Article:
The trajectory of mathematics skills and working memory thresholds in girls with fragile X syndrome

Melissa M. Murphy, Michèle M.M. Mazzocco

Research output: Contribution to journalArticlepeer-review

3 Scopus citations


Fragile X syndrome is a common genetic disorder associated with executive function deficits and poor mathematics achievement. In the present study, we examined changes in math performance during the elementary and middle school years in girls with fragile X syndrome, changes in the working memory loads under which children could complete a cognitive switching task, and the association between these two areas of function, in girls with fragile X syndrome relative to their peers. Our findings indicate that the trajectory of math and executive function skills of girls with fragile X differs from that of their peers and that these skills contribute to predicting math achievement and growth in math performance over time. Also, changes in math performance were associated with incremental increases in working memory demands, suggesting that girls with fragile X have a lower threshold for being able to perform under increasing task demands. Still, we found improvement in executive function performance between 10 and 12 years in girls with fragile X rather than a performance plateau as has been reported in other studies. The findings implicate the importance of early intervention in mathematics for girls with fragile X that addresses poor calculation skills, the supporting numerical skills, and deficits in executive functions, including working memory.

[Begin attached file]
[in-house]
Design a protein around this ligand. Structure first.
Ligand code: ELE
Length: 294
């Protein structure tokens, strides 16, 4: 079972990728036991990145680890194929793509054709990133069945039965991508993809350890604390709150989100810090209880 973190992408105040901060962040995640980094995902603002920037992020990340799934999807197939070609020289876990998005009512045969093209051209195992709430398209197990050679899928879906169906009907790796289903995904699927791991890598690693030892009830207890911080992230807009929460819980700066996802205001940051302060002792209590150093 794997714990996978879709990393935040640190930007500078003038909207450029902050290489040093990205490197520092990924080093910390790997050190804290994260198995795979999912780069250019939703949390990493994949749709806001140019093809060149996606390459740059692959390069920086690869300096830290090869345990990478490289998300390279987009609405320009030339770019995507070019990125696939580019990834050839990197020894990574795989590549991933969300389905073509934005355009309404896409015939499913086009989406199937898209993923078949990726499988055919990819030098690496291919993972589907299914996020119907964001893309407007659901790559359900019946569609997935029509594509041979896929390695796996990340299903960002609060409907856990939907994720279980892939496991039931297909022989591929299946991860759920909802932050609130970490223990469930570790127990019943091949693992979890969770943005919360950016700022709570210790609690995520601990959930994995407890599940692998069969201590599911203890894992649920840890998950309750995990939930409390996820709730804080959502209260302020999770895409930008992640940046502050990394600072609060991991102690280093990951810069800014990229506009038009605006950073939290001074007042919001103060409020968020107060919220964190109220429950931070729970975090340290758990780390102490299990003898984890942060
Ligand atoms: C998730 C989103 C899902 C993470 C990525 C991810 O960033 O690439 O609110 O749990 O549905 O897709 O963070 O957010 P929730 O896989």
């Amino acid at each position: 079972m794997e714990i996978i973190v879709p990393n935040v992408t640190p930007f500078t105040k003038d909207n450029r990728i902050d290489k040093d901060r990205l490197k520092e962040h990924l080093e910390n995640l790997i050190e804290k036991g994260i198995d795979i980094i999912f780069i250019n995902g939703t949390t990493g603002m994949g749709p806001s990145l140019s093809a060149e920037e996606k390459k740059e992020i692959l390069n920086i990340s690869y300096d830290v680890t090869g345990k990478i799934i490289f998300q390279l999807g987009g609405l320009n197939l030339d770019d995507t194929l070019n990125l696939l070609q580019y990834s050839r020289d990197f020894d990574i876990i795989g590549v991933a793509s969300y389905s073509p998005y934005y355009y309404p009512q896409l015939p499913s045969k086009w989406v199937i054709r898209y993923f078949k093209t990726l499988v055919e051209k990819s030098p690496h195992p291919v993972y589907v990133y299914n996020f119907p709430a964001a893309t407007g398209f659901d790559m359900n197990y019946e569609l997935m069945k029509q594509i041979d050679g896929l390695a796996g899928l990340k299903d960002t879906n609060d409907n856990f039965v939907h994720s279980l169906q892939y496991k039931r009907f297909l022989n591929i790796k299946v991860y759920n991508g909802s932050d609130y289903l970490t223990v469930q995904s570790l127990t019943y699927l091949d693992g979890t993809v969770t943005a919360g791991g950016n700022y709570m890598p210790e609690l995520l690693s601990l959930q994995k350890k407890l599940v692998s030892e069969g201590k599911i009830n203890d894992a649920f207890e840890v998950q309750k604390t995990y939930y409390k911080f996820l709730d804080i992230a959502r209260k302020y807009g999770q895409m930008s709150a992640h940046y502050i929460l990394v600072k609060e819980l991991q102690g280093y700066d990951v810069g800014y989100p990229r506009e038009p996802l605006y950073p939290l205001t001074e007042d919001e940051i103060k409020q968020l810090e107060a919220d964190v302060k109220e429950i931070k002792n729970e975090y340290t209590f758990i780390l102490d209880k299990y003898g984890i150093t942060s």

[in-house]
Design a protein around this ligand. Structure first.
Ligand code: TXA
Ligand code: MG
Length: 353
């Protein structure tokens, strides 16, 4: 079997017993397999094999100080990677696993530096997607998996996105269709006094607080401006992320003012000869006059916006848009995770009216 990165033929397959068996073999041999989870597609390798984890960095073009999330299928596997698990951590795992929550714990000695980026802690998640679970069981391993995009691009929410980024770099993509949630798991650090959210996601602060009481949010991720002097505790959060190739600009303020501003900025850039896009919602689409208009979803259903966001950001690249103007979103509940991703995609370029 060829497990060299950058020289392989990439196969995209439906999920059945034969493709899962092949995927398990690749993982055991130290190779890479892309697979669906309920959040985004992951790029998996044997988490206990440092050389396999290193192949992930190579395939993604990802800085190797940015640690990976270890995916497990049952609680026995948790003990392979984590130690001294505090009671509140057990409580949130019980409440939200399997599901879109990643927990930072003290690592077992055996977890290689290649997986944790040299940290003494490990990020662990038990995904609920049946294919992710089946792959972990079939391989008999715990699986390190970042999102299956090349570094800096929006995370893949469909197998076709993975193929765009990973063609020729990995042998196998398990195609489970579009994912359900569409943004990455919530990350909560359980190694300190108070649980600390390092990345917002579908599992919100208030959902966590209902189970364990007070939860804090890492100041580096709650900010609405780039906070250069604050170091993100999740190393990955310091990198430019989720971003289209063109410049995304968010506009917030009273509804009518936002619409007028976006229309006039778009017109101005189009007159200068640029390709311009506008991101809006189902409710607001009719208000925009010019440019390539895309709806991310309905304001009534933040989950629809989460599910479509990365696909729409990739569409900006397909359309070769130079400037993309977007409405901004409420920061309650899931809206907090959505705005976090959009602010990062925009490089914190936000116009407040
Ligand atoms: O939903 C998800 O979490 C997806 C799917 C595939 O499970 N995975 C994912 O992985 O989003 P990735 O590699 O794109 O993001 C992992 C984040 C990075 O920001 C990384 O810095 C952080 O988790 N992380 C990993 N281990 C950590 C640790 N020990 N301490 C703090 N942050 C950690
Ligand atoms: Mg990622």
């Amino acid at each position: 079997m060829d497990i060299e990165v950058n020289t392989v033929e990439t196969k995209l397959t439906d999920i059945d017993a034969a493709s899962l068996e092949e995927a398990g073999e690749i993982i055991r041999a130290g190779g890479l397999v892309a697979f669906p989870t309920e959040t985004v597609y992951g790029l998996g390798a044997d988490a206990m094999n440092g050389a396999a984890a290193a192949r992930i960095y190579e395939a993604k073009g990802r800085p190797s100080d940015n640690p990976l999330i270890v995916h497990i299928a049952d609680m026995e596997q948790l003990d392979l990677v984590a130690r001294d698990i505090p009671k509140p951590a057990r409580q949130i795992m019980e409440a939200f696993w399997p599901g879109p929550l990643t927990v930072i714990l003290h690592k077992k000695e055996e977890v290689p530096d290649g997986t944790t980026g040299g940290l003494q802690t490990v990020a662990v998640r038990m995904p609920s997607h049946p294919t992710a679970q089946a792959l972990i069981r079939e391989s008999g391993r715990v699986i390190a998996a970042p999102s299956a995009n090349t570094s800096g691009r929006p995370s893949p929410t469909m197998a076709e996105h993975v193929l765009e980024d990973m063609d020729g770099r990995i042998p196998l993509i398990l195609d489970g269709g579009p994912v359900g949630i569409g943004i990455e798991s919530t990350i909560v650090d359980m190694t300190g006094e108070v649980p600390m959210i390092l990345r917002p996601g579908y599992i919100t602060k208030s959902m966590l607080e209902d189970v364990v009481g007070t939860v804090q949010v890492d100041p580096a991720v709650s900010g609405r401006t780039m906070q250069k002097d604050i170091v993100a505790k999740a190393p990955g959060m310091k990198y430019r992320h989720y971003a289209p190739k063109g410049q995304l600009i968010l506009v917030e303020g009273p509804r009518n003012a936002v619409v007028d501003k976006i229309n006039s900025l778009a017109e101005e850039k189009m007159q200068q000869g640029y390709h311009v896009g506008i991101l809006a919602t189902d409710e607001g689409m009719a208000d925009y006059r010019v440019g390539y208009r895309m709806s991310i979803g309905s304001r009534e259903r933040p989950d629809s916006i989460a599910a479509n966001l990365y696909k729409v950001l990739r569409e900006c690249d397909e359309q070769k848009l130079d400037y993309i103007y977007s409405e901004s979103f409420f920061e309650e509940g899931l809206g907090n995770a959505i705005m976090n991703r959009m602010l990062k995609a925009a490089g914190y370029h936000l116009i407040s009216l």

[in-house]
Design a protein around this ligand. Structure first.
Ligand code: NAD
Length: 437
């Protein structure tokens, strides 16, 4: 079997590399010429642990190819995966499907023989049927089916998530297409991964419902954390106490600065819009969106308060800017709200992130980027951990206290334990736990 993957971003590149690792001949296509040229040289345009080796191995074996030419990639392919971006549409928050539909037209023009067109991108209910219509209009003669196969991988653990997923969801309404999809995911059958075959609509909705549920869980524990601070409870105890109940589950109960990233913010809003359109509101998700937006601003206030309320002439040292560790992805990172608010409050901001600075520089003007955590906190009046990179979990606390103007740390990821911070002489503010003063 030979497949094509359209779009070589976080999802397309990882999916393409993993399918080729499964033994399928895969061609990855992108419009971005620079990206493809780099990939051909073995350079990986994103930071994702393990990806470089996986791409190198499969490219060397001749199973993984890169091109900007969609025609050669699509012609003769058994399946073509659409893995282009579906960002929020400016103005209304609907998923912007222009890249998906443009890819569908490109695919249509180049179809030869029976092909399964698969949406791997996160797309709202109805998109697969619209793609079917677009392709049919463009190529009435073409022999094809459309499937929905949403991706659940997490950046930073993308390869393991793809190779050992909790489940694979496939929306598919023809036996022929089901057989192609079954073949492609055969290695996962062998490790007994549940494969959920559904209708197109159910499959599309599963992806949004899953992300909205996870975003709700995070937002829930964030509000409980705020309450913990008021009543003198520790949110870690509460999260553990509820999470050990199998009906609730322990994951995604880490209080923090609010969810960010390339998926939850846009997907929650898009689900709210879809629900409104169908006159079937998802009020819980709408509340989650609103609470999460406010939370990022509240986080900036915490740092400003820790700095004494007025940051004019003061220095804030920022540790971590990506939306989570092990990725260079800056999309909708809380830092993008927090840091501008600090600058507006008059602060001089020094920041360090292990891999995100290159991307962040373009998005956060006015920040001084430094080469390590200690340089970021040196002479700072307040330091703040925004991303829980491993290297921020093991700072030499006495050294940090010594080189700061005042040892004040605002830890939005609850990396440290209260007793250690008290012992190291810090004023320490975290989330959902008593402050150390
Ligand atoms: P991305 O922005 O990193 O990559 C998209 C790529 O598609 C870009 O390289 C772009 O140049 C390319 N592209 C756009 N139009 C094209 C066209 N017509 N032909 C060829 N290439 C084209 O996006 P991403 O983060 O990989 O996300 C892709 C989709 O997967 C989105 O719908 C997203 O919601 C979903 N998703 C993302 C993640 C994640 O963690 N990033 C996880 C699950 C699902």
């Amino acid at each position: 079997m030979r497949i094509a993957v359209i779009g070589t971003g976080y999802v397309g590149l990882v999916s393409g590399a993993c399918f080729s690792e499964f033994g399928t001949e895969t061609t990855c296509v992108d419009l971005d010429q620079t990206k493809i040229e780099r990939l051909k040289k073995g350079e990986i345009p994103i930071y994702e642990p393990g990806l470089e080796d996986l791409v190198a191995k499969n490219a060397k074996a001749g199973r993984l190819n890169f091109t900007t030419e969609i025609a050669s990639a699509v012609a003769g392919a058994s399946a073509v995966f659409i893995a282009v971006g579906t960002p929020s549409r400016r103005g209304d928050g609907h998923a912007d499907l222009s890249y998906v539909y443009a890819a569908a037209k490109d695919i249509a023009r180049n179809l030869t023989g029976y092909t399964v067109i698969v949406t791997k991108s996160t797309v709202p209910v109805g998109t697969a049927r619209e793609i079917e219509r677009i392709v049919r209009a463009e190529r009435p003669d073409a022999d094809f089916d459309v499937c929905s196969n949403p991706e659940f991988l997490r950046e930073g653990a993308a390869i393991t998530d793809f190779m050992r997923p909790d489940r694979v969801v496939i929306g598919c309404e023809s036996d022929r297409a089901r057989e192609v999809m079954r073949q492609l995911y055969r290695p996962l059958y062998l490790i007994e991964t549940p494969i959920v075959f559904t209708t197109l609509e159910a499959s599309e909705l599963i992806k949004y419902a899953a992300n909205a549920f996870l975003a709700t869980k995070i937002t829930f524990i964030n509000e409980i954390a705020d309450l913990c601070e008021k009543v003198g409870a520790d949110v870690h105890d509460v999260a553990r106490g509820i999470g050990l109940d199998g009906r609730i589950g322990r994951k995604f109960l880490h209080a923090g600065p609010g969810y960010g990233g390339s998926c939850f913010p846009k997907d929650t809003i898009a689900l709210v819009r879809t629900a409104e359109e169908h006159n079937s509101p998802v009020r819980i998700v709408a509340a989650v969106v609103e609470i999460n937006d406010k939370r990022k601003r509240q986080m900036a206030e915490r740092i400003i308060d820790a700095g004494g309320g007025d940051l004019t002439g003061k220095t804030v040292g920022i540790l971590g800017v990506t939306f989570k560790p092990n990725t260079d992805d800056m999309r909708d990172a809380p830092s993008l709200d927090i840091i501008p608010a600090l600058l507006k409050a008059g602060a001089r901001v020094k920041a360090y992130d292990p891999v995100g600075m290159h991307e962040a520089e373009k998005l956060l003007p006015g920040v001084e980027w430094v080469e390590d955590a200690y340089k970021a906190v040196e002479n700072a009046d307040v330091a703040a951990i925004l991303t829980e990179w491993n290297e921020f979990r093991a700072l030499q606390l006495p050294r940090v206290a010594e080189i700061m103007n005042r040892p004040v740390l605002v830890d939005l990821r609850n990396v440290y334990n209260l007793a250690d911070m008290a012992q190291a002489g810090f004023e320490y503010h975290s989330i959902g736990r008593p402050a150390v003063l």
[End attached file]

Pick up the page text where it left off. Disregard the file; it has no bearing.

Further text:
Original languageEnglish (US)
Pages (from-to)430-449
Number of pages20
JournalCognitive Development
Issue number4
StatePublished - 2009


  • Fragile X syndrome
  • Mathematical learning disability
  • Mathematics skills
  • Working memory

ASJC Scopus subject areas

  • Experimental and Cognitive Psychology
  • Developmental and Educational Psychology


Dive into the research topics of 'The trajectory of mathematics skills and working memory thresholds in girls with fragile X syndrome'. Together they form a unique fingerprint.

Cite this